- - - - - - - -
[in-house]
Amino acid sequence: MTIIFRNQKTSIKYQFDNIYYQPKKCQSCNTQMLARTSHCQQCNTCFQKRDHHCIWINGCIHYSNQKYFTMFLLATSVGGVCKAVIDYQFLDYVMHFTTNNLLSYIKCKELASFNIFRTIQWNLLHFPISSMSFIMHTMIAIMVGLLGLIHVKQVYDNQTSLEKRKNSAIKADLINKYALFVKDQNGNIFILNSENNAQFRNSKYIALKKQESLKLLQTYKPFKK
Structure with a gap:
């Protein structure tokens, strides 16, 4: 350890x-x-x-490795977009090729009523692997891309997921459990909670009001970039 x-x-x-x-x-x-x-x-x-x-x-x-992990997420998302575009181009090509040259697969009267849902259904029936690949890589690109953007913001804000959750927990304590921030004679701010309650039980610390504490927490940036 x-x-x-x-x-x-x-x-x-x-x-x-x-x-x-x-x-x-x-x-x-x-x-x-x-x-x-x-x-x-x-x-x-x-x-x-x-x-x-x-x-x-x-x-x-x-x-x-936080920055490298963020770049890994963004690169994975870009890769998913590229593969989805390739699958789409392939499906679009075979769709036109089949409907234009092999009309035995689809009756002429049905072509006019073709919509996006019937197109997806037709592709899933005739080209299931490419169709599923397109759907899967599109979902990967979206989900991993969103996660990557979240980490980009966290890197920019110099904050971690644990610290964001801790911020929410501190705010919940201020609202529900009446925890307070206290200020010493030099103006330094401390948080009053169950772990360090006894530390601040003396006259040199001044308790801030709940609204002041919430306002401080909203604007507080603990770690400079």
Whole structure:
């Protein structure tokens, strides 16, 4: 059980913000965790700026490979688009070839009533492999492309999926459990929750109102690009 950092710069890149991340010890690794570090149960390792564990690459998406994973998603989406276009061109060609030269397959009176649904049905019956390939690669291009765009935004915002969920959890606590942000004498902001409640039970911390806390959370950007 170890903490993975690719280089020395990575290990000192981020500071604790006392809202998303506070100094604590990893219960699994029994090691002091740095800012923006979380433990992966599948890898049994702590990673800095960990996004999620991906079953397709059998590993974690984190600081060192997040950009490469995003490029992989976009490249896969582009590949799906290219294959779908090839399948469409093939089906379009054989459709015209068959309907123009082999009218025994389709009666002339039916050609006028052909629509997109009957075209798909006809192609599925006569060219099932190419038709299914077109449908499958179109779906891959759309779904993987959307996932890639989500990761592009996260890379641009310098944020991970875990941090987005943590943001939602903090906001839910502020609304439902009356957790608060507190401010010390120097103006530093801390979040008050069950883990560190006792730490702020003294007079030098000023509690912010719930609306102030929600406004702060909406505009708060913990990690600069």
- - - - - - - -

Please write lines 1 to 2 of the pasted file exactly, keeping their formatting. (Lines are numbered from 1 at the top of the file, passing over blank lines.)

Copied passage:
[in-house]
Amino acid sequence: MTIIFRNQKTSIKYQFDNIYYQPKKCQSCNTQMLARTSHCQQCNTCFQKRDHHCIWINGCIHYSNQKYFTMFLLATSVGGVCKAVIDYQFLDYVMHFTTNNLLSYIKCKELASFNIFRTIQWNLLHFPISSMSFIMHTMIAIMVGLLGLIHVKQVYDNQTSLEKRKNSAIKADLINKYALFVKDQNGNIFILNSENNAQFRNSKYIALKKQESLKLLQTYKPFKK